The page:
Oil and Fossil Fuels: A Burning Issue!
Posted on: December 29, 2020.

Author: Prabhukrishna M, Content Creator/Chief Editor, Yokibu Editorial

The pun here is intended. The consequences of burning of oil and other fossil fuels are critical and twofold: Global Warming and Climate Change.

“Climate Change” is the extension of a term that all of us have heard too often—global warming. The reason why the subject is being considered regularly is the critical nature of its impact on human survival.

Though interchangeably used, ‘global warming’ and ‘climate change’ aren’t one and the same. An increase in the average global temperature is known as ‘global warming’. The impact here is one-dimensional.

‘Climate Change’, however, affects ecosystems, habitats, plants, animal life, and eventually, human beings. It is an impact of multiple dimensions.

Scientists have been searching for ways to combat both. Here’s what needs to be discussed about this potentially sensitive subject…

Climate Change: What actually is it?

When the usual weather of a place gets significantly altered, a ‘climate change’ is considered to have occurred—the average amount of rainfall or the usual temperature of that place changes.

Climate change is also a global phenomenon—it isn’t always limited to a particular place or locality as commonly understood.

Climate change that occurs on a global basis—global temperatures turning hotter or colder or where snow falls on the planet—takes hundreds to millions of years!

But that is not always the case. As a result of increasing human activity on the Earth, global climate changes are getting harder to predict. It has oscillated between warm and cool many times in the Earth’s history.

How does the burning of oil and fossil fuels affect climate change?

The burning of oil and fossil fuels result in rising greenhouse gas emissions—contributing to an alarming increase in global carbon dioxide footprints—leading to seriously threatening climate changes.

Significant increase in the Earth’s temperature could result in deadly consequences for Earth such as the melting of Antarctic ice caps, rising sea levels, warming of the oceans, and increase in photosynthesis.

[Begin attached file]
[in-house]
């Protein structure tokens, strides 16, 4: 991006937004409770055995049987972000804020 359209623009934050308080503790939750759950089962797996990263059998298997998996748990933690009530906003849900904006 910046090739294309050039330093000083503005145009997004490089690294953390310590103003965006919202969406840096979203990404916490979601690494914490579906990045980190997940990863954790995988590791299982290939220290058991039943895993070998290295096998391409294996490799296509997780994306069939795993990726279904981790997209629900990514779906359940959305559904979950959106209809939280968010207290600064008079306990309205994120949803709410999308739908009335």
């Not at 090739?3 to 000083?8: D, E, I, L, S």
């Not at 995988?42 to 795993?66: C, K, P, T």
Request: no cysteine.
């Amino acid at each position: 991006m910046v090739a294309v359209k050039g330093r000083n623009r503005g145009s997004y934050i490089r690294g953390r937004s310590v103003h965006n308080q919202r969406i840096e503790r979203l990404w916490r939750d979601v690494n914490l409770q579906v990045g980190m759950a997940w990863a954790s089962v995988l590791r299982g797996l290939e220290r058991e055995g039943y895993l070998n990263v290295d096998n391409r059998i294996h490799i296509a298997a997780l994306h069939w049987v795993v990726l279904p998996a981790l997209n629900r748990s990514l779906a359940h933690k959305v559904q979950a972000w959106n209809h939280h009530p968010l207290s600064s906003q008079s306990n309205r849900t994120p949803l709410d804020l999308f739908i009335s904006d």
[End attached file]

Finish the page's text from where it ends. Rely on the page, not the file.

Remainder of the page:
During the last century, scientists have mentioned that the Earth’s temperature has increased by one degree (Fahrenheit) due to huge increases in carbon dioxide emissions since the late 1960’s.

This might seem like an insignificant change, but on a global level it is massive. Burning oil and fossil fuels would result in the worst ravages of climate change such as floods, droughts, and barrages from rising seas.

Consequences of Climate Change: How did we get there?

Only the many critical industrial mistakes are to blame. Oil producers were warned of growing releases of carbon dioxide from burning fossil fuels into the atmosphere, since the 1960s—more than 55 years ago!

Other climate change consequences of burning oil and fossil fuels are—

  • The amount of fresh water available per person worldwide has reduced by 26%.
  • The number of ocean “dead zones”—places where little can live because of pollution and oxygen starvation—has increased by 75%.
  • To make way for agricultural land, mostly, nearly 300 million acres of forest have been lost.
  • There is continued significant increase in global carbon emissions and average temperatures.
  • Human population has risen by 35%.
  • The global number of mammals, reptiles, amphibians, birds and fish has collectively fallen by 29%.

What needs to be done to reverse climate change?

82% of the global supply of coal, the source of all polluting fossil fuels, would have to stay underground. 50% of global reserves for gas should remain un-burned.

Colossal gas producers in Russia and the Middle East must leave huge quantities underground. 90% of gas reserves would replace coal in the U.S. and in the continent of Europe.

Cutting ozone-damaging chemicals, energy from renewable sources, travelling by bicycle, imposing a carbon tax, a mandate for power from green sources, and a prohibition against mining or drilling on public lands.

With melting polar ice caps, rising seawater levels, altered life cycles of certain plants, and various life forms getting endangered, evidence of climate change is for all humanity to consider and make changes.



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